How to Communicate with Deaf and Hard of Hearing People

Various Ways of Communicating

When most individuals think about communicating with deaf people, they think of sign language. What they may not know, however, is that there are different forms of sign language. Moreover, there are other communication options and methodologies, such as cued speech, auditory verbal communication, and lipreading.

Sign Language

In schools, there are two different ways to make use of sign language. Some educational programs use sign language in combination with speech, with the philosophy of using any method to teach and communicate. That is what's known as total communication. There are also schools that believe in using American Sign Language to teach English. That is called bilingual bicultural education. Many charter schools for the deaf operate with a bilingual bicultural philosophy.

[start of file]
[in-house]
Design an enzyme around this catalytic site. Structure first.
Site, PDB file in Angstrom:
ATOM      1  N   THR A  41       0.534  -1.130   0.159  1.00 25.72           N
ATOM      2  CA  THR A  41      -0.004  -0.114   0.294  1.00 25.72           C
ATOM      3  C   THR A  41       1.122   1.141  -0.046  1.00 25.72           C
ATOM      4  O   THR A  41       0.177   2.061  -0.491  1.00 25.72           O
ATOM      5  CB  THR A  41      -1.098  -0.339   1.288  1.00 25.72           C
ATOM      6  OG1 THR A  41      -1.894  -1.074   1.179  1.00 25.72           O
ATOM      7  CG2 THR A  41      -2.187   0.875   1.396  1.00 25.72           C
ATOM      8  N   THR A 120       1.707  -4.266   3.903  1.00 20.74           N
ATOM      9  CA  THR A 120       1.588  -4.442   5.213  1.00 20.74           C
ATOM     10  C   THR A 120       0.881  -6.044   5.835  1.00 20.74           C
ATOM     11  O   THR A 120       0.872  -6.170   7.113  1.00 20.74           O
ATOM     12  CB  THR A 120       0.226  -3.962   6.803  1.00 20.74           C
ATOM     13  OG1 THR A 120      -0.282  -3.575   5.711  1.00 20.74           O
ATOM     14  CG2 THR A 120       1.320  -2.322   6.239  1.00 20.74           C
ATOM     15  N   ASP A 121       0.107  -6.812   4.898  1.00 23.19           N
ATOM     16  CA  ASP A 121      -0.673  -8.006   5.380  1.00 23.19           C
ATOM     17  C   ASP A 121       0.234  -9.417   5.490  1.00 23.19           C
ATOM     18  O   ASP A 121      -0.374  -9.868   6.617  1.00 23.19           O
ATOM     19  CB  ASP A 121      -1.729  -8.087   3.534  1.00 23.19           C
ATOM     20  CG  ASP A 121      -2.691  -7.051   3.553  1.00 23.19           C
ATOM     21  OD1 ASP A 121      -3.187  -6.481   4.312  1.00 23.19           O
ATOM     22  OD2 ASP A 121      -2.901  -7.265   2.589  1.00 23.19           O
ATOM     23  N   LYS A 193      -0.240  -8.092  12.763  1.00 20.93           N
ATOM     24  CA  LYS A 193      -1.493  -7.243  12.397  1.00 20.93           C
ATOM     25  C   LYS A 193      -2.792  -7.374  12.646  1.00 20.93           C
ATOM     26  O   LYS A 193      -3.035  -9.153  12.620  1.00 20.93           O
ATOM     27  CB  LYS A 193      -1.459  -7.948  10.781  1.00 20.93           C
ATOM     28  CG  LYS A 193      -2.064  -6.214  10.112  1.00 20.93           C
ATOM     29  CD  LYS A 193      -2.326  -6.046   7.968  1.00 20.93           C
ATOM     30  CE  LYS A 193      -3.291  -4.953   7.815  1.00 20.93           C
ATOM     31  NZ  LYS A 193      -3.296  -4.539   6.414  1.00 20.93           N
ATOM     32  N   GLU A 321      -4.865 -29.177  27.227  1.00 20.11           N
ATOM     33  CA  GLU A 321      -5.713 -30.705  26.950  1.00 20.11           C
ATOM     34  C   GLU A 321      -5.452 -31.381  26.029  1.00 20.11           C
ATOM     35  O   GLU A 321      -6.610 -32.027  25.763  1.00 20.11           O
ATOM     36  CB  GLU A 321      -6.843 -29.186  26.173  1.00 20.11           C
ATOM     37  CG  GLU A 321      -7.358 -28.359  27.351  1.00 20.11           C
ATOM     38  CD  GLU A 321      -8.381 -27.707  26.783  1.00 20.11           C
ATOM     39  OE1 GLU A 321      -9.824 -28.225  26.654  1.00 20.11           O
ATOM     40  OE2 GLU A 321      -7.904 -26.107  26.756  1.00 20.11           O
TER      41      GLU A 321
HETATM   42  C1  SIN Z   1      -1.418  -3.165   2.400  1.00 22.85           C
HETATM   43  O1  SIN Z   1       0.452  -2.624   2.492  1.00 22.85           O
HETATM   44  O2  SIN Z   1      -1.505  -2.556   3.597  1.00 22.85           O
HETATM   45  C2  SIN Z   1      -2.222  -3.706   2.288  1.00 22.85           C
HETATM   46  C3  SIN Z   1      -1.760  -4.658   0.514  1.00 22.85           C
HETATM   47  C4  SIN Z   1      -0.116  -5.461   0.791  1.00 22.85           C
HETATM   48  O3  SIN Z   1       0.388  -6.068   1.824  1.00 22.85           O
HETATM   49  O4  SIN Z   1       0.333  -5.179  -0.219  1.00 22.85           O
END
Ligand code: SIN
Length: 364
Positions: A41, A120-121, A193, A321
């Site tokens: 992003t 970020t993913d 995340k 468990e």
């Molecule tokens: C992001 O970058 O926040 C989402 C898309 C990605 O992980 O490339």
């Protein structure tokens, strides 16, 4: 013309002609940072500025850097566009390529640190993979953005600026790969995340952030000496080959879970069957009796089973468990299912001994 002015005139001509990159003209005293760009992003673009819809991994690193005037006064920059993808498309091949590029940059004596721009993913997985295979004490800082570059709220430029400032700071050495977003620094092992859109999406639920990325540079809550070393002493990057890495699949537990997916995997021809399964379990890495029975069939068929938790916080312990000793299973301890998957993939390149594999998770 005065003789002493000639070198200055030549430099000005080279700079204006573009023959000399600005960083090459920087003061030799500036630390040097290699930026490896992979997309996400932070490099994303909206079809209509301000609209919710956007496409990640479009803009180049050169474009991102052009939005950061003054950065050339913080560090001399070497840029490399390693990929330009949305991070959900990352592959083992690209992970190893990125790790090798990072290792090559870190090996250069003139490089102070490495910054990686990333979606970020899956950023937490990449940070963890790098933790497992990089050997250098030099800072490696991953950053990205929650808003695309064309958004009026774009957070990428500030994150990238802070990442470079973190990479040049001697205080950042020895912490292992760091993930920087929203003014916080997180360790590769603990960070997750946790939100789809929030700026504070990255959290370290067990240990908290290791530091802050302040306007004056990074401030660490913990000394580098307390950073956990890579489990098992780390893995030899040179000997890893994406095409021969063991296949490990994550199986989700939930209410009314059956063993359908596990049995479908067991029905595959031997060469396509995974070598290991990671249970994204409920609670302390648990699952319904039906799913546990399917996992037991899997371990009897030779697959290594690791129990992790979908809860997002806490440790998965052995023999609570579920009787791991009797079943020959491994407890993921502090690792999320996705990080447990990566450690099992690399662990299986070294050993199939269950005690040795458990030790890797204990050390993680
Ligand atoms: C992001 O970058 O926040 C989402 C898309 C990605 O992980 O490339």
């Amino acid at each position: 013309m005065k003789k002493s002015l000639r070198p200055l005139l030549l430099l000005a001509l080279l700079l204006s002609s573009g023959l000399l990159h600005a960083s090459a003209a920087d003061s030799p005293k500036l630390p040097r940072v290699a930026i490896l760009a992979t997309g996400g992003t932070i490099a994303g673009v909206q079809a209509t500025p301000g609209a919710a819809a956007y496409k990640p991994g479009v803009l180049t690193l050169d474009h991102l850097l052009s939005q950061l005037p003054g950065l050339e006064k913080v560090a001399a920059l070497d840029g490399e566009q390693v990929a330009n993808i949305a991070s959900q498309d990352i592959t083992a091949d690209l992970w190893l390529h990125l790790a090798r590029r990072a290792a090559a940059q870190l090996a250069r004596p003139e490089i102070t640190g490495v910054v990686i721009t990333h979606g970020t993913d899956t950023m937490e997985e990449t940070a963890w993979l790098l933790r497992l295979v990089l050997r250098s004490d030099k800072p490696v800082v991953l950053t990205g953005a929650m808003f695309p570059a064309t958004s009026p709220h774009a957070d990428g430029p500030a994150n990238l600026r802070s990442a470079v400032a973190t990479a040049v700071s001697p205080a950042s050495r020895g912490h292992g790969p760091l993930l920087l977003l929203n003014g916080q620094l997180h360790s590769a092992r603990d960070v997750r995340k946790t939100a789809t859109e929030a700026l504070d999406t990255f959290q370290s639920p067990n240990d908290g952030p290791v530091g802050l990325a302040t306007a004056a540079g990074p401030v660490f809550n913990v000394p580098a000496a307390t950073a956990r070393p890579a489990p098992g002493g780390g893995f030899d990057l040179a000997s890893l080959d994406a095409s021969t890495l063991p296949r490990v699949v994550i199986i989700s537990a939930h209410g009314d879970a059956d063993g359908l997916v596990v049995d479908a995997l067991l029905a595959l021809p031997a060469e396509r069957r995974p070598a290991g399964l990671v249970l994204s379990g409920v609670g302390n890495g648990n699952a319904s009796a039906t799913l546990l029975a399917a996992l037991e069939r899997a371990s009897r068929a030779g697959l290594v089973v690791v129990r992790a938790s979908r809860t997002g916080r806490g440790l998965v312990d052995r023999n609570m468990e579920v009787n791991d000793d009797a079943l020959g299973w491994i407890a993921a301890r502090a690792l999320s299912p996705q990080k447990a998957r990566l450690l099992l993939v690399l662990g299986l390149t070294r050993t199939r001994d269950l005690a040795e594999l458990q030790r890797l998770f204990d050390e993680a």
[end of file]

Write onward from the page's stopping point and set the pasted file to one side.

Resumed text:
Cued Speech

Speech and Lipreading

For me, even more important than the ability to speak is the ability to lipread (or speechread). It is an essential skill for a deaf or hard of hearing person because, when the battery in a hearing aid or cochlear implant dies (or the person is not wearing either), lipreading is often the only means available to communicate.

There is some disagreement as to whether lipreading is natural or taught.

No matter what communication method(s) are selected, in the case of children, it should be whatever works for the child. Some deaf and hard of hearing children are naturally oral, while others are naturally visual. Still others thrive with a combination of both.

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